And would simply priming with regular primer be enough prep for the wall in question (it’s in pretty good shape for an old house)…or do I have to apply a special primer and lining paper? (Please say no. Good God.) But okay, if you must, I can handle the truth. (sort of.)

    If you’ve already posted a tutorial, feel free to point me in the right direction. Any help or tips will be greatly appreciated.

    Thanks and best to you, Evan and the pups. And congrats on the 5-yr anniversary of the house – you guys have done an amazing job

    -maria

    • Reply Anna @ D16 July 12, 2011 at 9:57 am

      Hi Maria! I’m far from being a wallpapering expert, so I’m afraid I’m probably not the right person to ask. I have absolutely no idea if the wallpaper paste I’ve been using is starch-based! I don’t even know the brand, but I’m pretty sure I bought it at Lowe’s. It’s a giant tub that’s lasted a long time. Beyond that…I really don’t know. You’re probably better off seeking out a wallpapering forum on a DIY site and asking a pro if you’re concerned about the makeup of the paste (though I just Googled “starch wallpaper paste” and got a lot of results for recipes, so I guess that’s a thing that people do!).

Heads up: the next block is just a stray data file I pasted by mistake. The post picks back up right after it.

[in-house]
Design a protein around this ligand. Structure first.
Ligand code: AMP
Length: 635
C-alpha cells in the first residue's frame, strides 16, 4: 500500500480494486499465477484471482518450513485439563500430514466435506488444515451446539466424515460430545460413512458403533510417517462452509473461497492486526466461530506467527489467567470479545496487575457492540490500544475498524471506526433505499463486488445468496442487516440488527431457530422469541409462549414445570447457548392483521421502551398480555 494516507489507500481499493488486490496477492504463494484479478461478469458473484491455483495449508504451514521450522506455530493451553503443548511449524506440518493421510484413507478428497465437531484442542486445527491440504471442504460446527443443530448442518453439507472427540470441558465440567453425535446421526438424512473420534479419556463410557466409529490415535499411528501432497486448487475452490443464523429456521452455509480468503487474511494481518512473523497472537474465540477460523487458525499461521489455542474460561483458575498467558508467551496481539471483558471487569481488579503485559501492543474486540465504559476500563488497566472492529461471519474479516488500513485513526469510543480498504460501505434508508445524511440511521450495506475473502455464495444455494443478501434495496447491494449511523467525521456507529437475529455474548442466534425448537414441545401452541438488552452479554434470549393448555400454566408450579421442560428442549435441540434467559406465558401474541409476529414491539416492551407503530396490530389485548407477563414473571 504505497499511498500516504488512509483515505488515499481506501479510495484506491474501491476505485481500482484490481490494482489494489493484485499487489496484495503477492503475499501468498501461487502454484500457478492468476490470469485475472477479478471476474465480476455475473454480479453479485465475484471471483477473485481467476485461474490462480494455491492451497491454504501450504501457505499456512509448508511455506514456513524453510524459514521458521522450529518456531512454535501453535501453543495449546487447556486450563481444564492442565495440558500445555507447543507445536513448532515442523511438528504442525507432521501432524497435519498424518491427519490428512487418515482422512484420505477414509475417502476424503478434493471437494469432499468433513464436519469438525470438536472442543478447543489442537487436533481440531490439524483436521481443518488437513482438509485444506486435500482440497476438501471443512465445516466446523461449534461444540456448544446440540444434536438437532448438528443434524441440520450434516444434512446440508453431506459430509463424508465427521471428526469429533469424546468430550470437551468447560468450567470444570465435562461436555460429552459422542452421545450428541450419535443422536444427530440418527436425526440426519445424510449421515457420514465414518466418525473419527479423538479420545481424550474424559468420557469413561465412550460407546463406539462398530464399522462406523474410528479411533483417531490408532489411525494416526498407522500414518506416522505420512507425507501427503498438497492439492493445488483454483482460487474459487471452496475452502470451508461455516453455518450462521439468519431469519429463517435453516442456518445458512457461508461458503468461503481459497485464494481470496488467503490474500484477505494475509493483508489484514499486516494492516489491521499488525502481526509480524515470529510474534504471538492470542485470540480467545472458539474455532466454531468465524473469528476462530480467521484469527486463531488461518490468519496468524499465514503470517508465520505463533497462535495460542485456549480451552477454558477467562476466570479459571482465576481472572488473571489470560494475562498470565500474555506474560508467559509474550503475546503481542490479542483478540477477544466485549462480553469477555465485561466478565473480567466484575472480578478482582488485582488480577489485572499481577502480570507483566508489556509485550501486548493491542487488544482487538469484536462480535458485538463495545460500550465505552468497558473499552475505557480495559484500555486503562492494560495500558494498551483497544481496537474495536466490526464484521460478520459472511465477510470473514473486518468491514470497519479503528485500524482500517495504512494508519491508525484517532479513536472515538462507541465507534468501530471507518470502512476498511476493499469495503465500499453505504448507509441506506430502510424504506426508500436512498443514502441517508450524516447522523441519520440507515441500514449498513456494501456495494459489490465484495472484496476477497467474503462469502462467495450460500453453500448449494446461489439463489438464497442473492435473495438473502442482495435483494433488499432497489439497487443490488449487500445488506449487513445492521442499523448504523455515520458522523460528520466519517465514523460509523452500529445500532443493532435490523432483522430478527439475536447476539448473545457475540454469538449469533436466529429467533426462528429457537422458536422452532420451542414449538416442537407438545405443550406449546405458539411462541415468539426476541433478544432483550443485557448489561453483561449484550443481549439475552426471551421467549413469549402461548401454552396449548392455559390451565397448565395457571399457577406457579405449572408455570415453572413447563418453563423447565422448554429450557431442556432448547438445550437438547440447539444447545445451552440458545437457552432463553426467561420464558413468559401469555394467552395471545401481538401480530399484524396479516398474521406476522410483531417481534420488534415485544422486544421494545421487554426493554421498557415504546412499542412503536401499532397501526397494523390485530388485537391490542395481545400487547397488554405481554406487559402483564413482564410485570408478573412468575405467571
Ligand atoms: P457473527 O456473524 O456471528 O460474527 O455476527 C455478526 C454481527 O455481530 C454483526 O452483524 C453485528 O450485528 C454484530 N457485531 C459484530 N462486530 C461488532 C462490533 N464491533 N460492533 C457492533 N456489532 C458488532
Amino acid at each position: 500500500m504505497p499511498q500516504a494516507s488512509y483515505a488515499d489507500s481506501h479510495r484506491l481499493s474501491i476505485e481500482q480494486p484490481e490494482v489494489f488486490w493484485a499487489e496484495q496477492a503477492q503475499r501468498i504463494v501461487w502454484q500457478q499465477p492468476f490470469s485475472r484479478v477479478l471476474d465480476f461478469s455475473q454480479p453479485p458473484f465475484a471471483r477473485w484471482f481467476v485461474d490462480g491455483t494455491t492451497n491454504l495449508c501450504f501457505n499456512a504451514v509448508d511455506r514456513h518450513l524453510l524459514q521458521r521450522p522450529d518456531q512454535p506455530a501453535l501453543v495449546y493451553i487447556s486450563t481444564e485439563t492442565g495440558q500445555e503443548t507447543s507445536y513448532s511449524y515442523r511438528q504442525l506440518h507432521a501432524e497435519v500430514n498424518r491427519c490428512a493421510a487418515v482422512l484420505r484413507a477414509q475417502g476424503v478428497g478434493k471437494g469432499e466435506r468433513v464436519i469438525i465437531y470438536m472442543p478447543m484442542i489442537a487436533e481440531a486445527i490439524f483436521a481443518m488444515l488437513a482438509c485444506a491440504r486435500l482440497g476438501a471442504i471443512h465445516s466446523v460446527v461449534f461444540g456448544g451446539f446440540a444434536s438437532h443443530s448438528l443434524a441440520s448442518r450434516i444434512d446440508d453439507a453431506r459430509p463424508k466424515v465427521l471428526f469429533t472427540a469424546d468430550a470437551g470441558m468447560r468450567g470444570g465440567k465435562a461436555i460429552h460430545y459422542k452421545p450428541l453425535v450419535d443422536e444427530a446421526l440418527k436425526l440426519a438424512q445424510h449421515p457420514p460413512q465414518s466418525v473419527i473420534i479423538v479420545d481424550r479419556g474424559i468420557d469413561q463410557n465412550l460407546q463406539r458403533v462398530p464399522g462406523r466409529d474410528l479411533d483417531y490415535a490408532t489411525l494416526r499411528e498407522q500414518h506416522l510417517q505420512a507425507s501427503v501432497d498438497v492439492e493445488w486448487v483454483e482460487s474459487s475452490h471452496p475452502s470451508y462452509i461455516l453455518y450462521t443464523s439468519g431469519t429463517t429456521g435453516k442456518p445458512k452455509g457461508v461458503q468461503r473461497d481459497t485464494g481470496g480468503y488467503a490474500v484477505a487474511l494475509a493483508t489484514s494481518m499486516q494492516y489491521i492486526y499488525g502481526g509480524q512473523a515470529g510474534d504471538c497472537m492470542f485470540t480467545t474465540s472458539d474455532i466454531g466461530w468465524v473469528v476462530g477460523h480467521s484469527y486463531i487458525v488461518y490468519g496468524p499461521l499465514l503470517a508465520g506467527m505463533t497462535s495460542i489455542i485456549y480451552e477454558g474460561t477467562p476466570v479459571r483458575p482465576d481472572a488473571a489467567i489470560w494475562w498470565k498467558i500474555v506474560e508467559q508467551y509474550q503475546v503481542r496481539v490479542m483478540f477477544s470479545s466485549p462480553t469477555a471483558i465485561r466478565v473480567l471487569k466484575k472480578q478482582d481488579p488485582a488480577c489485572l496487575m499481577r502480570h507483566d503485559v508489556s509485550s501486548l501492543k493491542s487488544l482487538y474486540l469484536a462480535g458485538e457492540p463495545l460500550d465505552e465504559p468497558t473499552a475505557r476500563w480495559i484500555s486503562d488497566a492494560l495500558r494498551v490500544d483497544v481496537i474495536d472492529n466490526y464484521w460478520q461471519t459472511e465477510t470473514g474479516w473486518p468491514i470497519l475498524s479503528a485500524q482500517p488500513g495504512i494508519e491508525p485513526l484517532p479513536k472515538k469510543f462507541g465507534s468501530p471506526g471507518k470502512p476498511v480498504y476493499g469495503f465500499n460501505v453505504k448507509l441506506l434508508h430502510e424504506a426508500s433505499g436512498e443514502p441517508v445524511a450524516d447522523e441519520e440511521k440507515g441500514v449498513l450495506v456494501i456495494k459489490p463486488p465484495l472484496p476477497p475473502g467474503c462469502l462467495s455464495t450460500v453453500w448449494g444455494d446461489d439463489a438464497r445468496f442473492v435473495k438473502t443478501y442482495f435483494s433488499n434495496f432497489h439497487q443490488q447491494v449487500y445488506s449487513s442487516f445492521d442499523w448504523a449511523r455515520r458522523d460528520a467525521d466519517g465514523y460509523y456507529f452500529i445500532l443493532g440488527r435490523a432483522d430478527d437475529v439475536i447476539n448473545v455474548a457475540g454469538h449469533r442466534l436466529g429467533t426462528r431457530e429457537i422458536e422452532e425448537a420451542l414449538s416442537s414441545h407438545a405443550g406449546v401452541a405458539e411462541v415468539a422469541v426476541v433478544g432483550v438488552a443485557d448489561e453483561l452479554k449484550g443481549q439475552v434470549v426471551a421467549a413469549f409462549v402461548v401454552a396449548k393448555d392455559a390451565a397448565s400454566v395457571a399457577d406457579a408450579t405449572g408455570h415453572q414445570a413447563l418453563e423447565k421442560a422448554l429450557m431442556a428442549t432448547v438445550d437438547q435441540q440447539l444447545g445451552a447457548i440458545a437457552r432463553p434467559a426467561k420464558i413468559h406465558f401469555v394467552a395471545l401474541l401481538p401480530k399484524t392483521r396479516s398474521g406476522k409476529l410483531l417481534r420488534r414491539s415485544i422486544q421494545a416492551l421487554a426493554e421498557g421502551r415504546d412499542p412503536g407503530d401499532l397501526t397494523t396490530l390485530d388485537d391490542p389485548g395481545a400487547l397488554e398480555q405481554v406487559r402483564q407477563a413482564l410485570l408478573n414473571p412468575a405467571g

I didn’t use lining paper before putting up any of the wallpaper in my house, but I did use wallpaper primer. I also spent a decent amount of time making sure the walls were totally smooth first, since every little detail WILL show through the paper (or potentially make a hole in the paper if the blemish is sharp/rough at all).

      I’m sorry! This probably isn’t very helpful! Like I said, though, I’m in no way a pro, so I can only tell you about my own (limited) experiences in my own home.

  • Reply Vintage Simple July 12, 2011 at 11:04 am

    Thanks, Anna! I do appreciate that you got back with me – and so quickly, too! I had a feeling I was going to have to make my own paste… Ah, those Brits! 😉

    Anyway, thanks again – I do appreciate all the tips you give here in general and love spending time at your space.

    warmly,
    -maria

  • Reply Essa Bella August 25, 2016 at 5:27 am

    Looks great. A new idea of wallpapering. It is very interesting.